Commentary Looking back at 2004 and beyond
Every January, I like to reflect on some of the prior year's topics. This year, I am especially nostalgic. You may be reading my last column.
I have accepted a two-year hitch with the Daniels administration as president of the Indiana Economic Development Corp. and our editors at the Indianapolis Business Journal feel writing a column poses a conflict of interest with my new responsibilities. I agree.
Last summer, I reviewed "That Black Men Might Live," the autobiography of the Rev. Charles R. Williams (June 21). The message was clear: "Talk with your physician about prostate cancer." Shortly after that column appeared, we lost the Rev. Williams. I miss him.
I advocated passing a comprehensive ordinance mandating that all public places and workplaces, including bars and restaurants, be smoke-free (Aug. 30). Why shouldn't our food-service employees enjoy a smoke-free environment like the rest of us? Indiana has one of the highest lung cancer mortality rates in the nation and we have an opportunity to do something about it. An ordinance is to be introduced to the City-County Council after the first of the year. The fight goes on.
At Mickey's Camp last year, we were honored by the presence of one of the most powerful men in Washington, Sen. Richard Lugar (Sept. 13). At the conclusion of Lugar's speech, camper Alex Nelson saluted Lugar as a champion of freedom. Nelson, who immigrated to Indiana from Russia about 20 years ago, recognized and thanked Lugar for his advocacy for free immigration. Nelson gave him an old-fashioned Russian bear hug before an assemblage that provided a standing ovation. It was a special moment.
Pat Pritchett's trickle-down theory was the subject of the Sept. 27 column. Pritchett, Indianapolis Public Schools superintendent, is in a schoolyard brawl to issue bonds to pay for the next phase of upgrading IPS facilities. He found success the first time by holding a meeting in an un-air-conditioned classroom. While watching sweat trickle down the shirts of the blue ribbon committee, he obtained approval to finance the air-conditioning of our schools. In 2004, he reconvened the committee in a windowless lecture hall at the old Howe High School. Mysteriously, although the lecture hall is air-conditioned, the unit was not operating that hot afternoon. His trickledown theory worked again. Subsequent to that column, opposition has arisen. Let's hope Pritchett is able to complete the new bond issue and the next phase of his plan.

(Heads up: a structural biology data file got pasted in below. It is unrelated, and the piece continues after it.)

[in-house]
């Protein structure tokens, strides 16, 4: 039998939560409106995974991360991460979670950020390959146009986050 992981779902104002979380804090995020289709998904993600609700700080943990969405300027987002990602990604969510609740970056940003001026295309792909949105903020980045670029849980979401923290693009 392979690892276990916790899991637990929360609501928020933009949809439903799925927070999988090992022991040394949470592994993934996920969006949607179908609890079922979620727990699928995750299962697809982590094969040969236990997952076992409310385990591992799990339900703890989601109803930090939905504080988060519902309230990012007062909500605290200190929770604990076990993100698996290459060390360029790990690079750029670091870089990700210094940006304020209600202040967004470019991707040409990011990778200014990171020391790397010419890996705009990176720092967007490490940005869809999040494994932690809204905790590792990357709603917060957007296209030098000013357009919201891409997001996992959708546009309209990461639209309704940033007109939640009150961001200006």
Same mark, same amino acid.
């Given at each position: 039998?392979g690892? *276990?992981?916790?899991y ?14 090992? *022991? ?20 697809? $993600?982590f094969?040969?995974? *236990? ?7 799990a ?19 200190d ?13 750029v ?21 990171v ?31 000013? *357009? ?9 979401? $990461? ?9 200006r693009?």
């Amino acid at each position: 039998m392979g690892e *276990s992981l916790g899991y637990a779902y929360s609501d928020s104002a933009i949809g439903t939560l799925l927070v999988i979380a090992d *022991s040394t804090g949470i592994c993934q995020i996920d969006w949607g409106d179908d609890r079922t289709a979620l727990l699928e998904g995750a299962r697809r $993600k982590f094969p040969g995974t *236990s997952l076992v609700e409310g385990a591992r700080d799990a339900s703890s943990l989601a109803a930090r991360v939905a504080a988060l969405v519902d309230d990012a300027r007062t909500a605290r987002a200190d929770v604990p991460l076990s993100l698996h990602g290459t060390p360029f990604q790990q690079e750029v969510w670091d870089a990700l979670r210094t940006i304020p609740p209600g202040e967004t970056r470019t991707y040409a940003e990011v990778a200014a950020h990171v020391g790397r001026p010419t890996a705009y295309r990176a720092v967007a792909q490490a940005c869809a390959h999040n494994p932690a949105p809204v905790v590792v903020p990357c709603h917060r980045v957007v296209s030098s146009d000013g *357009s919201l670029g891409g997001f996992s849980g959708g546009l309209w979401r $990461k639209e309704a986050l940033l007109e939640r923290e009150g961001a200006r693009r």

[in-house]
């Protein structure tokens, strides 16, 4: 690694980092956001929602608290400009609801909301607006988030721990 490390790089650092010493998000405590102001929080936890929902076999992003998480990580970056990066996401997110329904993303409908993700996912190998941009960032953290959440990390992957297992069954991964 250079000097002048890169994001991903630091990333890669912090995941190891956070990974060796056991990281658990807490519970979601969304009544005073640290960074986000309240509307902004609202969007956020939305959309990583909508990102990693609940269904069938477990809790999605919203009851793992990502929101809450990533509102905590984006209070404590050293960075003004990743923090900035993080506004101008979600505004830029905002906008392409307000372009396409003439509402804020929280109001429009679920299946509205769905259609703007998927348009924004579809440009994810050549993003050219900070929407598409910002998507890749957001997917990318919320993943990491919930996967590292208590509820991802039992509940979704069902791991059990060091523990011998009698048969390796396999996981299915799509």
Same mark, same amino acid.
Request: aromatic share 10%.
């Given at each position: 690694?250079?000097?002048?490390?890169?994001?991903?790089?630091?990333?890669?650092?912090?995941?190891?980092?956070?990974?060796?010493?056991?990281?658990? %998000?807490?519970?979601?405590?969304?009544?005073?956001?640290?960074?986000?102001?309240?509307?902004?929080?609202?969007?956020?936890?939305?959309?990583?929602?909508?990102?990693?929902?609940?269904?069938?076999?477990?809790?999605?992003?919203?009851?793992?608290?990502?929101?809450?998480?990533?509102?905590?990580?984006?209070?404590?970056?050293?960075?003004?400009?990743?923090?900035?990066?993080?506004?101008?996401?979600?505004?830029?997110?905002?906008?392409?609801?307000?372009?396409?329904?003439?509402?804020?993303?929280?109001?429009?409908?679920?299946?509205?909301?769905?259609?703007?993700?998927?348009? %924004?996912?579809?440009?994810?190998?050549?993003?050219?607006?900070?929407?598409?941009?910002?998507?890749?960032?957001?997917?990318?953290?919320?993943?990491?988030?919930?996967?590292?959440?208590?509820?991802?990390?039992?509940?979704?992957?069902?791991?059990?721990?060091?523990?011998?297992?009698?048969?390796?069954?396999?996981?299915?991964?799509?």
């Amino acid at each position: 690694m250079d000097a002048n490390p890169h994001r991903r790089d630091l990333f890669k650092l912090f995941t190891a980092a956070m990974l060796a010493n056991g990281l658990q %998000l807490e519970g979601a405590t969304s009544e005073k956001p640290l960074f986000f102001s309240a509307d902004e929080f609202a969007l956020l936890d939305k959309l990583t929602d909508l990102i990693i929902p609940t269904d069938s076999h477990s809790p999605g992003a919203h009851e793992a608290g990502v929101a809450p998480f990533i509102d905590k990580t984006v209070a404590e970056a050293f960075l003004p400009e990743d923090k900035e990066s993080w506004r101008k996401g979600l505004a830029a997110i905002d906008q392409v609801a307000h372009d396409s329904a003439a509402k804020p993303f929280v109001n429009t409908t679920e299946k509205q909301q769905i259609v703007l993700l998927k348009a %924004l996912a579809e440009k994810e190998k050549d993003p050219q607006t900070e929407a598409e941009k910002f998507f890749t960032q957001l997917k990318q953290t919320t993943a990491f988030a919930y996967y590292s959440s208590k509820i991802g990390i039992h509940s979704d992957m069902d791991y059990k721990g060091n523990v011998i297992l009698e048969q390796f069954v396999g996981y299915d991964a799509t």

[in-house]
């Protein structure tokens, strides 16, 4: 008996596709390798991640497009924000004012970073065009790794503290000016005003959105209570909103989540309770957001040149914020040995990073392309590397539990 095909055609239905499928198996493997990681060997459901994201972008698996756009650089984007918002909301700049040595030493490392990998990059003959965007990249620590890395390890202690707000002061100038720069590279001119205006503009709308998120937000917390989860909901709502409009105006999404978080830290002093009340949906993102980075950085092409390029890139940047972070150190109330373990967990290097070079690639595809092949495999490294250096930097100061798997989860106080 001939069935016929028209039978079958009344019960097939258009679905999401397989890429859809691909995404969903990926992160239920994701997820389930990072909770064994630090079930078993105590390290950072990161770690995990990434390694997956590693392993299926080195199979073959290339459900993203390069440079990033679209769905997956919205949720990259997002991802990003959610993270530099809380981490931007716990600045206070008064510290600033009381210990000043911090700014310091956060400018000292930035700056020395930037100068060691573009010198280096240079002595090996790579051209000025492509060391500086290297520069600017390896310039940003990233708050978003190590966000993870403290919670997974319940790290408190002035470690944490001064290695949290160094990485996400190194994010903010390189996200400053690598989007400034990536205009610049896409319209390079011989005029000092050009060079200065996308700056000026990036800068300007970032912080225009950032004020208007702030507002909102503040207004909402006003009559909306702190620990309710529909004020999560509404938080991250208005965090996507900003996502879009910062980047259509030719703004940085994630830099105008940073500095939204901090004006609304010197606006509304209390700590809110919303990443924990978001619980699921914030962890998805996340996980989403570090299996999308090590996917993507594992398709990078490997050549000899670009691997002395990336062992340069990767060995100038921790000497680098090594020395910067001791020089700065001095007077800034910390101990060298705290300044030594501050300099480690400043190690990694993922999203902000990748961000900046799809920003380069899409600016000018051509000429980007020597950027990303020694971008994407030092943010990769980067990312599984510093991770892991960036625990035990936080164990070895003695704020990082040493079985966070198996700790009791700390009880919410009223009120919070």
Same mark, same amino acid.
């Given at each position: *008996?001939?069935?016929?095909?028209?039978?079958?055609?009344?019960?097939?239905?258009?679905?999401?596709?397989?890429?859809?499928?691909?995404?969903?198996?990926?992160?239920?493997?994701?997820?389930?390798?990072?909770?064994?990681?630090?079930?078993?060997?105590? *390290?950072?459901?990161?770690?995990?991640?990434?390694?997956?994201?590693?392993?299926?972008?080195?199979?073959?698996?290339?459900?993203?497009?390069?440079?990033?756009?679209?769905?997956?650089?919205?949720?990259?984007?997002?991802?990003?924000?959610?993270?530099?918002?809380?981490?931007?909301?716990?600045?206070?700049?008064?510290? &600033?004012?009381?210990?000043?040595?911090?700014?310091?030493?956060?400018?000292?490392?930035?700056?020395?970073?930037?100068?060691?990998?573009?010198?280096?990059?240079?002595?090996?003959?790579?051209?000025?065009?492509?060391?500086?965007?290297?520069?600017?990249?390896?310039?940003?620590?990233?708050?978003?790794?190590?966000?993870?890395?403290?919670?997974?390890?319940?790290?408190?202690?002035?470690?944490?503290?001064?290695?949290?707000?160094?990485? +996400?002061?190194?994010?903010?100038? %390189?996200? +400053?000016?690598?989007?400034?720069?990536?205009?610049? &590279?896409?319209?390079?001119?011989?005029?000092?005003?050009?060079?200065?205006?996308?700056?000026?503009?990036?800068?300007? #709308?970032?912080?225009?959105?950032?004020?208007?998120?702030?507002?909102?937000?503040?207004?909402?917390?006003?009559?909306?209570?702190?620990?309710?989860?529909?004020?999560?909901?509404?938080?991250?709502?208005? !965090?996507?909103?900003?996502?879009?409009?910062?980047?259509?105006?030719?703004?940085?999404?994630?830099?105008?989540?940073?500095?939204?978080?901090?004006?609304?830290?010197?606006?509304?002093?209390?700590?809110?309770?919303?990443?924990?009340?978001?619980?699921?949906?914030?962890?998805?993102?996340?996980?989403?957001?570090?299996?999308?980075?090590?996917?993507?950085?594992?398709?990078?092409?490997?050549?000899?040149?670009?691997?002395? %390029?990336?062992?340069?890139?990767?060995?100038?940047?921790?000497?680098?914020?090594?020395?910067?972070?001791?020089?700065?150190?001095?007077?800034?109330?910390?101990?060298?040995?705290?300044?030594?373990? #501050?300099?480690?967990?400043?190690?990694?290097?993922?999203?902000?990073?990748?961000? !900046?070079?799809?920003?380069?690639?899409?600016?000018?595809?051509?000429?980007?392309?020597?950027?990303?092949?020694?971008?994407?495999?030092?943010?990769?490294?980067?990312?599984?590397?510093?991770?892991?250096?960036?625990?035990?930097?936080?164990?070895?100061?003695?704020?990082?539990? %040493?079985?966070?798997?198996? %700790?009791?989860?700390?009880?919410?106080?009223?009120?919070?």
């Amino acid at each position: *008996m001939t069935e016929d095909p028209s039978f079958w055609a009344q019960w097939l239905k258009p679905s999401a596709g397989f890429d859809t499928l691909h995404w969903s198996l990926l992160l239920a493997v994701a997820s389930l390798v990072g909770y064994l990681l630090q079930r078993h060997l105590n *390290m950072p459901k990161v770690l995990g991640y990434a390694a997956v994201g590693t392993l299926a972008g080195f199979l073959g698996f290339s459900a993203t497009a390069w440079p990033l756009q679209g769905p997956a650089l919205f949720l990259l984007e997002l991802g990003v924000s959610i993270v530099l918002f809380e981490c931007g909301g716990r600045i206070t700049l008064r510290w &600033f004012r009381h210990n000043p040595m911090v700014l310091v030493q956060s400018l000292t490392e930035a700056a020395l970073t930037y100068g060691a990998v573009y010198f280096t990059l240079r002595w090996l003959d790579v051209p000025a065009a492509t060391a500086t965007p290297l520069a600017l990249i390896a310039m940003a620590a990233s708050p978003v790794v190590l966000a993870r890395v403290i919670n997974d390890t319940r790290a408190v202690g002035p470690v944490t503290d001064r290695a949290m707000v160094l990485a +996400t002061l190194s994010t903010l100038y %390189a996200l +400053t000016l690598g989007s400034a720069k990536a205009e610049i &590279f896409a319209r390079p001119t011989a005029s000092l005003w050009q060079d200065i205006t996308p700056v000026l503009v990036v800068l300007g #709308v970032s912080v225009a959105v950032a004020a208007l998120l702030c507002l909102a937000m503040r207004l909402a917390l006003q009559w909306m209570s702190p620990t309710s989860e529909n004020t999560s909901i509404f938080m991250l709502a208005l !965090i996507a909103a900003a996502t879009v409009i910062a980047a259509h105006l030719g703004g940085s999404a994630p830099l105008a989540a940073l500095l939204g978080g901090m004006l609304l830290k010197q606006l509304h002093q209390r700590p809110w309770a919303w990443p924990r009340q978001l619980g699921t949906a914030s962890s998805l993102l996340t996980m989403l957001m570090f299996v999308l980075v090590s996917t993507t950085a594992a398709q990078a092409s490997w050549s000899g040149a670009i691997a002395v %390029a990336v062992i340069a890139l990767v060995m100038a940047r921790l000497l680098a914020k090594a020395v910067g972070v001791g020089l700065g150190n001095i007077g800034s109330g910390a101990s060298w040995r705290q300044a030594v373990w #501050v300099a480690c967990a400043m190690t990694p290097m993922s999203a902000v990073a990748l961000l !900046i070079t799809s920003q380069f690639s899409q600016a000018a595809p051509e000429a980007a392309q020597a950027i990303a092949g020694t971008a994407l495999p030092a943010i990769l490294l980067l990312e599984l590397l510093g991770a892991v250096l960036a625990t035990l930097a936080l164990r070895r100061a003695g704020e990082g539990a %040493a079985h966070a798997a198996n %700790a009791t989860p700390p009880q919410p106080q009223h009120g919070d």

I wrote about Sharlene Ramsey (Oct. 25), whom I literally bumped into. She is a courageous mother whose son, Dean, died in an automobile accident. Dean's corneas, heart, liver, kidneys, pancreas and bone were all donated and she became a spokeswoman for the Indiana Organ Procurement Organization. Response to the column was heartwarming. I was pleased to learn that some of our readers became organ donors.
Almost seven years ago, I wrote my first column for the Indianapolis Business Journal. In it, I thanked Tom Binford, who had recently resigned after, coincidentally, seven years of writing columns for IBJ. Unfortunately, less than a year later, I wrote his eulogy in this column.
I am fortunate that the editors of IBJ asked me to write a column. Giving up the column is a difficult sacrifice in order to work for the state of Indiana and for the man I believe will ably lead our state.
I'm greatly indebted to Ann Finch, copy editor, for her enthusiasm, loyalty and outspoken criticism of my work. I will dearly miss our collaboration. Thank you for reading my column and for responding. I have enjoyed our dialogue. Make a note of my e-mail address and stay in touch.
Maurer is a shareholder in IBJ Corp., which owns Indianapolis Business Journal. To comment on this column, send e-mail to firstname.lastname@example.org go to IBJ Forum at www.ibj.com.